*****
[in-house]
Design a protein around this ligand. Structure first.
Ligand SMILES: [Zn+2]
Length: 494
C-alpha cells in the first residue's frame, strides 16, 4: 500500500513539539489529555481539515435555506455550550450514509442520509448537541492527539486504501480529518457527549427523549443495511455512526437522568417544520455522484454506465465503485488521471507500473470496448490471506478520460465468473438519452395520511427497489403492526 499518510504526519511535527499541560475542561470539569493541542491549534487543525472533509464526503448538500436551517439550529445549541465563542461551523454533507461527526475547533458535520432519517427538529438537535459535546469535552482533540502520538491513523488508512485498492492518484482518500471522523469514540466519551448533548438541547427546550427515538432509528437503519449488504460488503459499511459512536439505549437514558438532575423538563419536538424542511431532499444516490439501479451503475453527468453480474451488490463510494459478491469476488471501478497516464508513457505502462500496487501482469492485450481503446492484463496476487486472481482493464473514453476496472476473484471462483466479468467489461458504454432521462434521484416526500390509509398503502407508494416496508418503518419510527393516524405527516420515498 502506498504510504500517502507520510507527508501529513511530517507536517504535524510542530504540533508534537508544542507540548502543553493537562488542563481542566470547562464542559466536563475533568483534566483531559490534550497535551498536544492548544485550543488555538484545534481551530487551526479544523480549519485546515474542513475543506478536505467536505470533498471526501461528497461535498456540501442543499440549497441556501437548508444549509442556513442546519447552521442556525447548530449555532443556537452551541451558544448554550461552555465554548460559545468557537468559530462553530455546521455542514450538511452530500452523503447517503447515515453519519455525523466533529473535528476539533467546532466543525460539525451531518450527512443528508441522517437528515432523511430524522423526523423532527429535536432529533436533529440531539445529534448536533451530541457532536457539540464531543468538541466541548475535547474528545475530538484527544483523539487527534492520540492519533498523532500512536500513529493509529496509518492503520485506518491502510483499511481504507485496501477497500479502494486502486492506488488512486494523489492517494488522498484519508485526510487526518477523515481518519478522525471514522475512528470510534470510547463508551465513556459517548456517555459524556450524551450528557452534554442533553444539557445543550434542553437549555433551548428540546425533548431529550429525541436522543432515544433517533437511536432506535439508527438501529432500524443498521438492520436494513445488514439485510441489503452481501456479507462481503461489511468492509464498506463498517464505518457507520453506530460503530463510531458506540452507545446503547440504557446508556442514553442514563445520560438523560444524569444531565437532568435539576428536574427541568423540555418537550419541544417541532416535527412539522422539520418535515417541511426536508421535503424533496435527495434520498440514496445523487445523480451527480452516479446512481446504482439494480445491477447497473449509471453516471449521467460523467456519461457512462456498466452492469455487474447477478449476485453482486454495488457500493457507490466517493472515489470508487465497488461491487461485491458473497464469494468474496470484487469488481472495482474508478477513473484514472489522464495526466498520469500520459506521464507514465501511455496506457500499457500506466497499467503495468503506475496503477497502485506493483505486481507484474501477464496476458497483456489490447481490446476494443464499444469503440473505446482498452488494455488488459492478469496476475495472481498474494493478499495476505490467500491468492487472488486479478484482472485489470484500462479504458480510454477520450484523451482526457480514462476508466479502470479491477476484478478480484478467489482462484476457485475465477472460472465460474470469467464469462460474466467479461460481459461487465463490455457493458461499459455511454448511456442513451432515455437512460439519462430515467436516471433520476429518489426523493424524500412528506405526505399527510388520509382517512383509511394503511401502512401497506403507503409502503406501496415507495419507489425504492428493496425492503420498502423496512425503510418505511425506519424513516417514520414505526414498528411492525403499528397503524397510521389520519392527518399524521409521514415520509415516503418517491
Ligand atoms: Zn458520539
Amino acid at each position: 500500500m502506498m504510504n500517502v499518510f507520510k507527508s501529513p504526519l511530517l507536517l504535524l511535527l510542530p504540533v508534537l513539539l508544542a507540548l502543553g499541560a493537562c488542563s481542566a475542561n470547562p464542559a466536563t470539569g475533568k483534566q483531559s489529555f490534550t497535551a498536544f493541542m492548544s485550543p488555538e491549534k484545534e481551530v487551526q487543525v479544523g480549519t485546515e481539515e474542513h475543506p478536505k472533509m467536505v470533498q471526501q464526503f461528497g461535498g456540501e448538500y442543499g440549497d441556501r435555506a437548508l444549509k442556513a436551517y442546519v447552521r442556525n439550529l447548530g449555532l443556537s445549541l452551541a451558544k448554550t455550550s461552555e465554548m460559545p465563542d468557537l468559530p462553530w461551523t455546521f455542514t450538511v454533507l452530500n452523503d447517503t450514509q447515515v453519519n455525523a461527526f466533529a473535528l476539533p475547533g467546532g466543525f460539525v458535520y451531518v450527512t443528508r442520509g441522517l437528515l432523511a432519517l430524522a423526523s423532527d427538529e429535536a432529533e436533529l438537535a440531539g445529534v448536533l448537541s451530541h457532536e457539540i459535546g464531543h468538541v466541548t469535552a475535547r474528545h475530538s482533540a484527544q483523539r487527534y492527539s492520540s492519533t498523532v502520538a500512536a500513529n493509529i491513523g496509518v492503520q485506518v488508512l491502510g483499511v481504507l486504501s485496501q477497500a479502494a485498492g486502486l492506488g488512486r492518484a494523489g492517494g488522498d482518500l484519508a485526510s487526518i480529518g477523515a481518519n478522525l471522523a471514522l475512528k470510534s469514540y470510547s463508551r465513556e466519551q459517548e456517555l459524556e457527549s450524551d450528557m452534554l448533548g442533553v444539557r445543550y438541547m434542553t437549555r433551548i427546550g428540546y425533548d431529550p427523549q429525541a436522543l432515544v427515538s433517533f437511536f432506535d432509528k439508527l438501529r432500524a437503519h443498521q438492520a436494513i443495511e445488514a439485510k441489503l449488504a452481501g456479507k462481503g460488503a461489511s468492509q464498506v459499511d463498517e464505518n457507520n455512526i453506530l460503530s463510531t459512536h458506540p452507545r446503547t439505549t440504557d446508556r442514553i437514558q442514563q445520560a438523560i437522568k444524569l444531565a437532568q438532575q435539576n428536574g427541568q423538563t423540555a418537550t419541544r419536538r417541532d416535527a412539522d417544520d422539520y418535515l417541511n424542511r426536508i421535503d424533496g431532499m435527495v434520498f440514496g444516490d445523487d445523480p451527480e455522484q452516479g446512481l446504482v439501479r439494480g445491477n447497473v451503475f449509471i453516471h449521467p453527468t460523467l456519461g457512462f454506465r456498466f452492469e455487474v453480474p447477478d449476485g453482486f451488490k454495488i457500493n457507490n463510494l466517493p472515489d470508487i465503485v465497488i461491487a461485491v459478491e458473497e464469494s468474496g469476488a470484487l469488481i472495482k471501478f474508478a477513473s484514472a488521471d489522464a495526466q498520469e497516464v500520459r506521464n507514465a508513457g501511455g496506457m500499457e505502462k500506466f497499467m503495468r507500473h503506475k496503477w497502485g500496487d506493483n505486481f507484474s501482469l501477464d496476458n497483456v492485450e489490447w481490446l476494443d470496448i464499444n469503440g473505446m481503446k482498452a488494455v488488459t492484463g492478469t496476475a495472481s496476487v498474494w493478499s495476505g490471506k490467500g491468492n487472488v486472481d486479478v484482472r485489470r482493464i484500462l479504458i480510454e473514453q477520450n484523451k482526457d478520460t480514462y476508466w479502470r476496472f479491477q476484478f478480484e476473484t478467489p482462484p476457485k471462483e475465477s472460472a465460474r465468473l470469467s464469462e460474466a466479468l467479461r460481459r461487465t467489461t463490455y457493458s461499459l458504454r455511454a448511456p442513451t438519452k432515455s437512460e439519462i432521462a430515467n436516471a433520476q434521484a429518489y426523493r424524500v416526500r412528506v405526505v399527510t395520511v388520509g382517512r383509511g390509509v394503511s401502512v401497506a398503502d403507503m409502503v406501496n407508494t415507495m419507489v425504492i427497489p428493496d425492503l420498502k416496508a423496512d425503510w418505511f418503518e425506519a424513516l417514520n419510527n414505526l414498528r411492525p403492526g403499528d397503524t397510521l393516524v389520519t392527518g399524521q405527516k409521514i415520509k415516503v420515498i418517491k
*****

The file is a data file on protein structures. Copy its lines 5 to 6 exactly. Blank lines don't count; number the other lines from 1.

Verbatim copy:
C-alpha cells in the first residue's frame, strides 16, 4: 500500500513539539489529555481539515435555506455550550450514509442520509448537541492527539486504501480529518457527549427523549443495511455512526437522568417544520455522484454506465465503485488521471507500473470496448490471506478520460465468473438519452395520511427497489403492526 499518510504526519511535527499541560475542561470539569493541542491549534487543525472533509464526503448538500436551517439550529445549541465563542461551523454533507461527526475547533458535520432519517427538529438537535459535546469535552482533540502520538491513523488508512485498492492518484482518500471522523469514540466519551448533548438541547427546550427515538432509528437503519449488504460488503459499511459512536439505549437514558438532575423538563419536538424542511431532499444516490439501479451503475453527468453480474451488490463510494459478491469476488471501478497516464508513457505502462500496487501482469492485450481503446492484463496476487486472481482493464473514453476496472476473484471462483466479468467489461458504454432521462434521484416526500390509509398503502407508494416496508418503518419510527393516524405527516420515498 502506498504510504500517502507520510507527508501529513511530517507536517504535524510542530504540533508534537508544542507540548502543553493537562488542563481542566470547562464542559466536563475533568483534566483531559490534550497535551498536544492548544485550543488555538484545534481551530487551526479544523480549519485546515474542513475543506478536505467536505470533498471526501461528497461535498456540501442543499440549497441556501437548508444549509442556513442546519447552521442556525447548530449555532443556537452551541451558544448554550461552555465554548460559545468557537468559530462553530455546521455542514450538511452530500452523503447517503447515515453519519455525523466533529473535528476539533467546532466543525460539525451531518450527512443528508441522517437528515432523511430524522423526523423532527429535536432529533436533529440531539445529534448536533451530541457532536457539540464531543468538541466541548475535547474528545475530538484527544483523539487527534492520540492519533498523532500512536500513529493509529496509518492503520485506518491502510483499511481504507485496501477497500479502494486502486492506488488512486494523489492517494488522498484519508485526510487526518477523515481518519478522525471514522475512528470510534470510547463508551465513556459517548456517555459524556450524551450528557452534554442533553444539557445543550434542553437549555433551548428540546425533548431529550429525541436522543432515544433517533437511536432506535439508527438501529432500524443498521438492520436494513445488514439485510441489503452481501456479507462481503461489511468492509464498506463498517464505518457507520453506530460503530463510531458506540452507545446503547440504557446508556442514553442514563445520560438523560444524569444531565437532568435539576428536574427541568423540555418537550419541544417541532416535527412539522422539520418535515417541511426536508421535503424533496435527495434520498440514496445523487445523480451527480452516479446512481446504482439494480445491477447497473449509471453516471449521467460523467456519461457512462456498466452492469455487474447477478449476485453482486454495488457500493457507490466517493472515489470508487465497488461491487461485491458473497464469494468474496470484487469488481472495482474508478477513473484514472489522464495526466498520469500520459506521464507514465501511455496506457500499457500506466497499467503495468503506475496503477497502485506493483505486481507484474501477464496476458497483456489490447481490446476494443464499444469503440473505446482498452488494455488488459492478469496476475495472481498474494493478499495476505490467500491468492487472488486479478484482472485489470484500462479504458480510454477520450484523451482526457480514462476508466479502470479491477476484478478480484478467489482462484476457485475465477472460472465460474470469467464469462460474466467479461460481459461487465463490455457493458461499459455511454448511456442513451432515455437512460439519462430515467436516471433520476429518489426523493424524500412528506405526505399527510388520509382517512383509511394503511401502512401497506403507503409502503406501496415507495419507489425504492428493496425492503420498502423496512425503510418505511425506519424513516417514520414505526414498528411492525403499528397503524397510521389520519392527518399524521409521514415520509415516503418517491
Ligand atoms: Zn458520539